What you’ll need:
- Boot cut jeans
- A pair of skinny jeans (if you don’t want to take your own measurements)
- Sewing machine or a needle (if you are doing it by hand)
- A dark blue thread or a thread color that matches the shade of the jeans you will be hemming
Locate which side of the jeans that will be hemmed.
Just to be sure, it is important to note that you never want to sew over the original hem. So whichever side has the following hem, you are going to be making you alterations on the opposite side.
We will be working on the right pant leg first. Turn your jeans inside out and make sure that the INSIDE seam is laid flat with no excess fabric to the left of the seam. Make sure that when you follow these steps for the other pant leg, the seam is perfectly parallel to the opposite pant leg. (Measuring the perfect width with a ruler is helpful)
The easiest way to do this is to locate a pair of skinny jeans that fit you absolutely perfectly. Place these jeans on top of the jeans you will be altering and make sure that the inside hem of both pairs of jeans match up (the excess fabric of the bootcut jeans will be visible on the outside of the pant leg). Take a ballpoint pen or fabric marker (anything that isn’t permanent, it will wash out in the washer) and trace along the outside of the jean approximately where the pocket ends. This part is very important because you don’t want to have a sharp line because then the alteration will be noticeable.
(Another way to do this is turn the jeans inside out and place safety pins where you would like to take in the jeans. It is important to make sure that you start halfway down your thigh or a few inches above your knees, depending on how tall you are. Once you have done this, trace a line along the safety pins and remove the pins so they don’t get in the way of your sewing.)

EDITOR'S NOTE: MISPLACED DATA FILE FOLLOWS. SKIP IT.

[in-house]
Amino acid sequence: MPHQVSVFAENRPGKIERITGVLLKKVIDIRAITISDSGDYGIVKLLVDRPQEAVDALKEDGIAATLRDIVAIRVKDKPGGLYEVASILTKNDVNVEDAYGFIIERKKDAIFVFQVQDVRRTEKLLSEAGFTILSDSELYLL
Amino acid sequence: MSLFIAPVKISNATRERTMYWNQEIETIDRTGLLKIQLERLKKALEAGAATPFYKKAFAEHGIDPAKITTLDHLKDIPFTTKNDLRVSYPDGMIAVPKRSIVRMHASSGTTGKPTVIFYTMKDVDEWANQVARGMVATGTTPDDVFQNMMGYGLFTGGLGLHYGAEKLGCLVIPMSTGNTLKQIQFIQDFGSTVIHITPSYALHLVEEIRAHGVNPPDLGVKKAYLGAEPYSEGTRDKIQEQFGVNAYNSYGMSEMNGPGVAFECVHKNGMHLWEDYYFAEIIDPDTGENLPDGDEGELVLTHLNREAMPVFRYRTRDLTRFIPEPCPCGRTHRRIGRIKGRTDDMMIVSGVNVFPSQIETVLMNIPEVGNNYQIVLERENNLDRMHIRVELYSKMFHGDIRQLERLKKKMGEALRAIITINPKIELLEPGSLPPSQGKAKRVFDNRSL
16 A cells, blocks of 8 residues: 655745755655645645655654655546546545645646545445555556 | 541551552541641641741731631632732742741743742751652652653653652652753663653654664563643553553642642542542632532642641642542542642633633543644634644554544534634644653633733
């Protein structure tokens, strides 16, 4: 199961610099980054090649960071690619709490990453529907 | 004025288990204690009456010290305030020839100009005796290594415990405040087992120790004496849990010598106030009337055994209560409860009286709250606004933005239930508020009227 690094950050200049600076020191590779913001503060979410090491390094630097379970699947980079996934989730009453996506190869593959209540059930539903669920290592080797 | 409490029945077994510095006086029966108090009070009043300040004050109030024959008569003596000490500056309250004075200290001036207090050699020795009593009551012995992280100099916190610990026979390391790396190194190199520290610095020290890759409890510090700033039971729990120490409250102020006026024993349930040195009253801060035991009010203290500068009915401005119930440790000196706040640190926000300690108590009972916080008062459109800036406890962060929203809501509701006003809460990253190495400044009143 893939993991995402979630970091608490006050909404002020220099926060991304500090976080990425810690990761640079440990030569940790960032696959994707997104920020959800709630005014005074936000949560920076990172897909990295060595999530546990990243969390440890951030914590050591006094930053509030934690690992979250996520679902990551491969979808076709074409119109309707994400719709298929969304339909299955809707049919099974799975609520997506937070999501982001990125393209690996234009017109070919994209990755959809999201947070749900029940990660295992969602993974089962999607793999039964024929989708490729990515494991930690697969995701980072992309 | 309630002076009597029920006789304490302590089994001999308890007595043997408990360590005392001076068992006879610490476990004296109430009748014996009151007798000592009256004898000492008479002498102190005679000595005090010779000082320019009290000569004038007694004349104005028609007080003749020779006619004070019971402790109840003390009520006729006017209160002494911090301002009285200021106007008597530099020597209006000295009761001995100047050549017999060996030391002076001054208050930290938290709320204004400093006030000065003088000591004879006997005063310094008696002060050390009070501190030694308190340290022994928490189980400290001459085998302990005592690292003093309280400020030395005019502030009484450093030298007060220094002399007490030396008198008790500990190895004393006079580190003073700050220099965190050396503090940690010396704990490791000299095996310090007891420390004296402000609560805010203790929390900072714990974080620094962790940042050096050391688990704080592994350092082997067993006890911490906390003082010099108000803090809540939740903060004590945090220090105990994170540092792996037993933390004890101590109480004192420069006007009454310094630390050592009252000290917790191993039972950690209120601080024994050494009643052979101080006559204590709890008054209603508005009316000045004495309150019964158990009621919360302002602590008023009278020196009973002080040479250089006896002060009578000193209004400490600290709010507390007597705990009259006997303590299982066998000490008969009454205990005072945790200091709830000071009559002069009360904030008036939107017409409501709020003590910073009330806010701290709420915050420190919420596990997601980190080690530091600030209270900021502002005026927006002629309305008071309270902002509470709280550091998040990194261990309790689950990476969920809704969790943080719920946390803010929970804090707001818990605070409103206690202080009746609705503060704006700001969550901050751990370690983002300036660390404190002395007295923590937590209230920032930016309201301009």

Place 4-6 safety pins along the line that you have drawn on your jeans. Next, you will try on your jeans to make sure that you have traced your line correctly. This will feel a little awkward trying on jeans inside out but this is to ensure you have correctly measured how much fabric needs to be taken off. If the jeans feel too tight or too lose, adjust the safety pins accordingly then redraw your line in a different color so you won’t get confused.
Now that you are confident in the fit of your jeans, it is time to sew! My favorite for denim alterations is the zig-zag stitch followed by a straight line stitch on either side of the zig-zag because it will blend in the most and have the tightest hold. Keep the width for your zig-zag the smallest (left of the straight stitch). For the second and third stitches, reset your stitch width and turn the nob so the arrow points to the straight stitch (zero width).
For my hand-sewers out there. No sewing machine? No problem. Grab a cup of tea and make sure you have a a movie to listen to in the background because this will take a few hours if you want to do it right! Thread your needle and begin sewing along the line you have drawn, keeping your stitches as close together as possible. Use a slightly thicker thread than a machine thread to make sure the seam is strong so you don’t have to go over it multiple times!
Setting your stitch length dial and pattern selector. These are usually located together if your sewing machine is similar to the following photos. Depending on your sewing machine, these settings can look completely different. (See your instruction manual to your sewing machine to locate the stitch pattern selector)
Turn the outside nob so the number aligns with the red dot. If this is your first time, set a larger length between stitches because it is easier to undo the seam. If you are feeling confident, set a smaller length (between .5 and 1.5) for your stitching.
Make sure when you make your stitches, you start sewing along the seam then slowly sew inward where you will meet your line that you have drawn. This is important so there won’t be any harsh edges and the result will be a smooth straight hem.
Repeat steps 5 and 6 to the opposite leg.
Cut off the excess fabric so your new skinny jeans won’t be bunchy on the inside. And— TADA
Enjoy your new skinny jeans! Ciao!